You've Come a Long Way…Maybe: How Moral Emotions Trigger Backlash Against Women Leaders

Victoria L. Brescoll, Tyler G. Okimoto, Andrea C. Vial

Research output: Contribution to journalArticle

Abstract

Despite the progress American women have made in other arenas, they still remain underrepresented in top leadership positions in both the public and private sectors, thus contributing to their marginalized status in these domains. Although people do not expect to encounter women in positions of power, a solely cognitive process cannot fully account for the negative interpersonal characterizations and poor leadership evaluations (i.e., backlash) that female leaders disproportionately receive. Rather, recent evidence suggests that because female leaders are seen as gender norm deviants who threaten the gender status hierarchy, the backlash they encounter more likely constitutes a motivated process whereby perceivers’ negative evaluations stem from a desire to maintain the status quo (i.e., gender inequality). Here, we expand on this work by proposing that a desire to defend the gender hierarchy causes people to feel negative moral emotions when encountering powerful women who display dominance and/or agency which, in turn, causes backlash effects against such individuals. Study 1 finds that morally laden negative affect explains why evaluators penalize dominant female leaders, but not dominant male leaders. Studies 2 and 3 then manipulate this mediator via the use of use disgust primes. Given that embodied disgust amplifies moral judgment severity, we hypothesized that if moral emotions underlie gender backlash, enhanced feelings of disgust should result in harsher penalties for leaders in gender-incongruent roles than those in gender-congruent roles as only the former violate core gender norms that undermine the status quo. Indeed, compared to a neutral prime, disgust primes (taste in Study 2, visual in Study 3) resulted in lower leadership evaluations and liking of only the gender deviant targets. We discuss the implications of these findings for organizational interventions and female leaders’ impression management strategies.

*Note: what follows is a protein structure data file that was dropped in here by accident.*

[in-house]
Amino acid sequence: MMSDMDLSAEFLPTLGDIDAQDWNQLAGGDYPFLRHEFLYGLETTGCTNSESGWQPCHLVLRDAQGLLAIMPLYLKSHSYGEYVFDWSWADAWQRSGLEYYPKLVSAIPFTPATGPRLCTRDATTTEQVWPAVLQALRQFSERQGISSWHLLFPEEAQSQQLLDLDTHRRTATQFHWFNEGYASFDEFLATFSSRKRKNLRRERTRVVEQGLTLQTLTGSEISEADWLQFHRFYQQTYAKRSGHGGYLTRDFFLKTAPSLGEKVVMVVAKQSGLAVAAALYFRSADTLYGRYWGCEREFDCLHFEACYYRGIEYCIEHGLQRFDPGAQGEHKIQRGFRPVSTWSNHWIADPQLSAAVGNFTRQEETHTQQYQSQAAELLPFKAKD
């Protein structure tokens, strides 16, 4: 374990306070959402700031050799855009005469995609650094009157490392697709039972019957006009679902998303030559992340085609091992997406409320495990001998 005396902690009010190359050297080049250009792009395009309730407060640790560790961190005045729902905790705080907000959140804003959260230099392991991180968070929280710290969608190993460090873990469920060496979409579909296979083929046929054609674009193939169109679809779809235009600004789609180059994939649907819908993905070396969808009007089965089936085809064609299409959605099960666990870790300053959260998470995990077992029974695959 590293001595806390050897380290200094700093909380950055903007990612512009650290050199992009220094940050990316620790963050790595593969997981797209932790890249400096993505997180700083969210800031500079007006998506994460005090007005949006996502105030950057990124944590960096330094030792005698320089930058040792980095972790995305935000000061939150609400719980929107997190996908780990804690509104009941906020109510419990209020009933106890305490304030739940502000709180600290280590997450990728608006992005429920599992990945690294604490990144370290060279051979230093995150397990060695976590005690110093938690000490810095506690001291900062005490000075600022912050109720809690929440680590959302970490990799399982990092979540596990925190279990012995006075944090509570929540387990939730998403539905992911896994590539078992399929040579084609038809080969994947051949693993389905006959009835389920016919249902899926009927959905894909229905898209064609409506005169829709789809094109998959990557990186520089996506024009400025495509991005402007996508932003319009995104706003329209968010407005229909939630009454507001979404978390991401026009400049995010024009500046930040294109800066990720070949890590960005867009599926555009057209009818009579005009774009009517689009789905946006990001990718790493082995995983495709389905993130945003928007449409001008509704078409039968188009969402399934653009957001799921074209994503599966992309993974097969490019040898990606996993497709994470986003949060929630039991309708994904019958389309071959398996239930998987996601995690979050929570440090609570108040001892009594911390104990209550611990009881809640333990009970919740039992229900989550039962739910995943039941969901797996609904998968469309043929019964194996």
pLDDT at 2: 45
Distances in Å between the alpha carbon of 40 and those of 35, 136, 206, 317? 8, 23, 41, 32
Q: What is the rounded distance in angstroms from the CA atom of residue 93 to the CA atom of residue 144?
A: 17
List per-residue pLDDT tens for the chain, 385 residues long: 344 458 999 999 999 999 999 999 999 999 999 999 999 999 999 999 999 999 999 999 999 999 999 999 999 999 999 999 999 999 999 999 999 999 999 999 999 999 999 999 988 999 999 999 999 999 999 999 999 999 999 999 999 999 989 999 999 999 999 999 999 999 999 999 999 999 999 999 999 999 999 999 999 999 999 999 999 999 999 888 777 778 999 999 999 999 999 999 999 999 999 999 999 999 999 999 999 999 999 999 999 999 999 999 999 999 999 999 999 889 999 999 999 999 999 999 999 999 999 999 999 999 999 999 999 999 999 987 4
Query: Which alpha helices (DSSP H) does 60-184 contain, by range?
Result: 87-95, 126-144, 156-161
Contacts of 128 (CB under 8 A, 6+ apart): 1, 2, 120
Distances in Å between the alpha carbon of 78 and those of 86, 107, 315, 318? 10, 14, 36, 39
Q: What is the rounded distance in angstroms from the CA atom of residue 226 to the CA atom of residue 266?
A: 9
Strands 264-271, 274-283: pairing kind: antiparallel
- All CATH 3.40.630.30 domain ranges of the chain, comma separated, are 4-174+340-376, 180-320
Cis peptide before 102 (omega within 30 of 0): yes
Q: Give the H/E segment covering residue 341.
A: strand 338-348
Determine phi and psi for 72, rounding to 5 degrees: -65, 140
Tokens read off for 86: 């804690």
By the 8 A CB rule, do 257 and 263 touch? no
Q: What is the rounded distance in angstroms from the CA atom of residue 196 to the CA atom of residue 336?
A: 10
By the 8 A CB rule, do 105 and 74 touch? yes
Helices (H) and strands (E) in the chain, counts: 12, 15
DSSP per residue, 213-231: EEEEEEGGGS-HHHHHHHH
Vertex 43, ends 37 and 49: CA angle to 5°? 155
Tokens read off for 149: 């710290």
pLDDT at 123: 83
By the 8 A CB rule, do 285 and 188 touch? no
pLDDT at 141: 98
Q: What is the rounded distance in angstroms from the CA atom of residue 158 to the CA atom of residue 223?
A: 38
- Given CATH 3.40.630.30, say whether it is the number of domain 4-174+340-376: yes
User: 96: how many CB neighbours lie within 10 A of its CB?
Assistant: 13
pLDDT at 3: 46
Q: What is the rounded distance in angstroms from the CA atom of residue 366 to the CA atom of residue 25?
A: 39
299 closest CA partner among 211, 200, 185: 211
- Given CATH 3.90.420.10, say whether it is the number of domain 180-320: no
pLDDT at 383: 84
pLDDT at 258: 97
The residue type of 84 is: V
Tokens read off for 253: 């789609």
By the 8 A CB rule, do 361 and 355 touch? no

Original languageEnglish (US)
Pages (from-to)144-164
Number of pages21
JournalJournal of Social Issues
Volume74
Issue number1
DOIs
StatePublished - Mar 2018

ASJC Scopus subject areas

  • Social Sciences(all)

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